We all know that buildings don't always turn out like the renderings. Last-minute changes and real-life materials can all cause discrepancies between the vision and reality of a project. In our weekly Flash Forward Friday feature, we take a look at how different projects stack up.

As The Council on Tall Buildings and Urban Habitat (CTBUH) certifies the completion of the Guangzhou CTF Finance Centre, we look back at how China's second tallest building stacks up against its initial batch of renderings. Though it was originally designed as a near-identical twin to the 439-metre-tall Guangzhou IFC, the Guangzhou CTF Finance Centre has since taken shape under a distinct identity.

The CTF Finance Centre was originally designed as a twin to Guangzhou IFC, image via WilkinsonEyre

The pair of supertall skyscrapers form the gateway to Guangzhou's nascent central business district, Zhujiang New Town. The original plans for the CTF Finance Centre called for a rise of 475 metres. Once Kohn Pedersen Fox worked their magic, the project returned to public view with a fresh design and a more ambitious height of 530 metres. Today, the building stands as the fifth tallest in the world.

A rendering of the CTF Finance Centre, image by Kohn Pedersen Fox via CTBUH

Developed by New World Development Company, the project borders the city's premier urban park and central axis of the new neighbourhood, Huacheng Square. A massive underground retail concourse links the mixed-use project to the transport interchanges that serve the densely populated Pearl River Delta region. The development's programmatic shifts — from office at the bottom, residential in the middle, and hotel up top — are reflected in its architecture via four major setback transition points. Each setback references the height of nearby buildings and features landscaped outdoor terraces.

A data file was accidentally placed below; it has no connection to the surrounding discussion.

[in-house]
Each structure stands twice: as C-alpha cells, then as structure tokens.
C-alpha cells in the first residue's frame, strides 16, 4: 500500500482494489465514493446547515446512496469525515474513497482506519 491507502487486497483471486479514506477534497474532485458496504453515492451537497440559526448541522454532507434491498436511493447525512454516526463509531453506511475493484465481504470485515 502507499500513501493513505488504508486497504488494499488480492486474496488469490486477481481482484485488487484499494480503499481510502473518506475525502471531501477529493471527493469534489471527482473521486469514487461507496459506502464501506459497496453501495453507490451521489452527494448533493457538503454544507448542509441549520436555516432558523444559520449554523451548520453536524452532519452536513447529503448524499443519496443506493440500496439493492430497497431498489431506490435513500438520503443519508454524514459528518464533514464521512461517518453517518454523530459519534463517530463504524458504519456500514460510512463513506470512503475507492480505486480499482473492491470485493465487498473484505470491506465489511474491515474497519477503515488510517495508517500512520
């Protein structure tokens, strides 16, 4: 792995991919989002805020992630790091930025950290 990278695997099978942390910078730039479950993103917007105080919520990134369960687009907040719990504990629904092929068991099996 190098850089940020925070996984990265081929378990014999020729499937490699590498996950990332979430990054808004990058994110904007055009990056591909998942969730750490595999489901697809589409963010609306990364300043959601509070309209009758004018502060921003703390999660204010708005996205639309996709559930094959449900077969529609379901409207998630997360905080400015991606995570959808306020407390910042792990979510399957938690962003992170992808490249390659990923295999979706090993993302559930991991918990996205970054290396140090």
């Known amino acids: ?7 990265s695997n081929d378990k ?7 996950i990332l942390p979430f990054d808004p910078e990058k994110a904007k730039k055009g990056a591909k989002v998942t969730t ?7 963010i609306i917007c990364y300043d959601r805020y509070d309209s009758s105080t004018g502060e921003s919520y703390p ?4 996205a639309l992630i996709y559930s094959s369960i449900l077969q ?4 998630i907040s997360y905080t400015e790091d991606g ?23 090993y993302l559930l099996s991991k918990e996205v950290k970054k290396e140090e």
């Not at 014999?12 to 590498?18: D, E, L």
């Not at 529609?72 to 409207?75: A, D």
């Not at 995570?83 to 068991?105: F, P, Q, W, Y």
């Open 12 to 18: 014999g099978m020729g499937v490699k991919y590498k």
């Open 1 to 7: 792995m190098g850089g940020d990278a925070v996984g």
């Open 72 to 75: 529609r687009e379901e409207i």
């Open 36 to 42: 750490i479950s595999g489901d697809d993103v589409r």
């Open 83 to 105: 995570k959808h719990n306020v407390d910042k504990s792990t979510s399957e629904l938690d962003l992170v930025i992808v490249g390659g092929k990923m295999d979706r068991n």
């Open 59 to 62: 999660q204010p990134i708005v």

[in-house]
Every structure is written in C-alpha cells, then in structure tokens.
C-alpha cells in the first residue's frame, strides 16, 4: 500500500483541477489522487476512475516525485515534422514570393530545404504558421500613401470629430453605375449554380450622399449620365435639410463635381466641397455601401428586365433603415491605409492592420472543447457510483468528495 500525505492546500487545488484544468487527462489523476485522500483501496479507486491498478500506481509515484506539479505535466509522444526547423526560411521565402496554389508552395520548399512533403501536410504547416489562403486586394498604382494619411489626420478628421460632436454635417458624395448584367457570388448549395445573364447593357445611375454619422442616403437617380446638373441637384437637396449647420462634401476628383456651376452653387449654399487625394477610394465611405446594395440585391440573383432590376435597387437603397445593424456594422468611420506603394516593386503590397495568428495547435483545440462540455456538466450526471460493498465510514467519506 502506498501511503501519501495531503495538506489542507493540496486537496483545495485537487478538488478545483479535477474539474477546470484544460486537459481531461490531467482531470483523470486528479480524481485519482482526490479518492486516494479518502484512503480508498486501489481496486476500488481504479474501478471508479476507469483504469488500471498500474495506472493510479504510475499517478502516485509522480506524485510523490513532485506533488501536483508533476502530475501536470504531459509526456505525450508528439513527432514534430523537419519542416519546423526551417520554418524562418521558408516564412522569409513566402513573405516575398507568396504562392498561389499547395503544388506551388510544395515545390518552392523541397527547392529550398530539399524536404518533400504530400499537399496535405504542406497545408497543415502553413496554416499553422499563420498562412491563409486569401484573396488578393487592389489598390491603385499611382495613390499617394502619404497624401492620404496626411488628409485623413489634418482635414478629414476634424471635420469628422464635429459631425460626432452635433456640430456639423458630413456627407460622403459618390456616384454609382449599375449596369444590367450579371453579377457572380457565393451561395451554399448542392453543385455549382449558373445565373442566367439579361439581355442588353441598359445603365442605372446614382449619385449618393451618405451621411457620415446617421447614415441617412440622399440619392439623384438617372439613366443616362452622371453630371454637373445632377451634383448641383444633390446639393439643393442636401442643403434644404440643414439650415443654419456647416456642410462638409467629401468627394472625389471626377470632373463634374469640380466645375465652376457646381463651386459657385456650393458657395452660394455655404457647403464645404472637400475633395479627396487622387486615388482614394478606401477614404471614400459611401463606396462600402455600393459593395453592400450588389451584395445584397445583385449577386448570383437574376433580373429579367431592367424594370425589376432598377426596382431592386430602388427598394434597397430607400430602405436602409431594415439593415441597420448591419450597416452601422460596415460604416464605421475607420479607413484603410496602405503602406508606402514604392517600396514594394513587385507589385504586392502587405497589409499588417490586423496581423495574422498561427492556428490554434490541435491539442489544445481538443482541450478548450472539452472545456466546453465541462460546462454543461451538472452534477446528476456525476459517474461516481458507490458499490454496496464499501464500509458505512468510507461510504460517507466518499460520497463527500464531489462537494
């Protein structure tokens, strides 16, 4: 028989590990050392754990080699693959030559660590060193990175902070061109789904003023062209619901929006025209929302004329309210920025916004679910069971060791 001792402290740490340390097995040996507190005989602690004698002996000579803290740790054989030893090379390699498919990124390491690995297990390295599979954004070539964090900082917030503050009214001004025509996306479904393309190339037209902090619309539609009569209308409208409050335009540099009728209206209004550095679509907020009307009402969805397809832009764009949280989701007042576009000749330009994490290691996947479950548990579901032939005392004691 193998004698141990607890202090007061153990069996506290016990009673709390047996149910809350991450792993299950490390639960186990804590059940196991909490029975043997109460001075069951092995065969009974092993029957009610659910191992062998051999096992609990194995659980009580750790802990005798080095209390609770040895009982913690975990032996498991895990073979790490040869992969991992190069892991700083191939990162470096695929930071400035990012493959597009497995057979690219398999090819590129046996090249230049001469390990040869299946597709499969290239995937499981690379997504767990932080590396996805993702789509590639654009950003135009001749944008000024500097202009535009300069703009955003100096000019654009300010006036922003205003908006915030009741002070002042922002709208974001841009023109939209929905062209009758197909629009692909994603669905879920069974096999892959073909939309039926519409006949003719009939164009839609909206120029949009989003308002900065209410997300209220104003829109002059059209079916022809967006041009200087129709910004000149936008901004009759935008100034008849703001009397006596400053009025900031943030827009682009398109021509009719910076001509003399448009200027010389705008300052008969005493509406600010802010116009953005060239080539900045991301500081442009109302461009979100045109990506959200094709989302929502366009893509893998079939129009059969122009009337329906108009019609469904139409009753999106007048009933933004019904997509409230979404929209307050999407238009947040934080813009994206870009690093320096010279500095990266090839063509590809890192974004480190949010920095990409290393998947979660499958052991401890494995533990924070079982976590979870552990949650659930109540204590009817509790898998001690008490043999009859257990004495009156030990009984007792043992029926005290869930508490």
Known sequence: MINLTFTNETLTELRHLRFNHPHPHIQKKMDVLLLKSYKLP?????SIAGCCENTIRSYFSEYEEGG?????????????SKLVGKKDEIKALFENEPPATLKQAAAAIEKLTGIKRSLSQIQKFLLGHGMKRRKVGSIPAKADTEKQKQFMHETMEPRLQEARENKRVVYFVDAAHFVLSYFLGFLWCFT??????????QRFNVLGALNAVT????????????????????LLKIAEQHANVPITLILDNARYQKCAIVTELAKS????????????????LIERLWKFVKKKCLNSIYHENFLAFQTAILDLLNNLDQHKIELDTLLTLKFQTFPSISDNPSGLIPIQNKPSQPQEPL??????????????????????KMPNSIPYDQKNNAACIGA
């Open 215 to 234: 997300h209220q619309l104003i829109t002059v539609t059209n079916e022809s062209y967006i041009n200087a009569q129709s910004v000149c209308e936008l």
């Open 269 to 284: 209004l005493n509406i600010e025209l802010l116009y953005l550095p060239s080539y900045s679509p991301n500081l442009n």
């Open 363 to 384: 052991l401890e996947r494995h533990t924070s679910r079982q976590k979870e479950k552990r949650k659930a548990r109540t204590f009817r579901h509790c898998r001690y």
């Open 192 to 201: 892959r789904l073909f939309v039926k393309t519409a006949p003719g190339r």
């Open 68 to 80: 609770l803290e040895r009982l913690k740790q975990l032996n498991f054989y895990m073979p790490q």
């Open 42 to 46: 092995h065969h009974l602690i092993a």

Night rendering of the CTF Finance Centre, image by Kohn Pedersen Fox via CTBUH

The skyscraper's verticality is accentuated by terra cotta mullions which evoke traditional Chinese architectural features and early skyscraper design. The tallest application of terra cotta in the world also offers environmental benefits by providing shade, resisting corrosion, and reducing embodied energy. Its enormous height was attained by employing a megacolumn outrigger core system. Primary support is provided by a square core and eight concrete megacolumns, with four levels of steel outriggers and six sets of double-layer belt trusses providing additional lateral stability.

The completed CTF Finance Centre, image by Flickr user Гок

The building closely matched the renderings that were crafted following KPF's revisions. As the tallest building to complete in 2016, the Guangzhou CTF Finance Centre caps a year of unrelenting skyscraper construction in China, a country which accounts for 66 percent of all 200-metre-plus buildings delivered this year.

CTF Finance Centre, image by Flickr user Rob Faulkner via Creative Commons

We will return next Friday with another comparison!

Related Companies:  Chow Tai Fook Enterprises, Dennis Lau & Ng Chun Man Architects & Engineers, Kohn Pedersen Fox Associates, New World Development Company Limited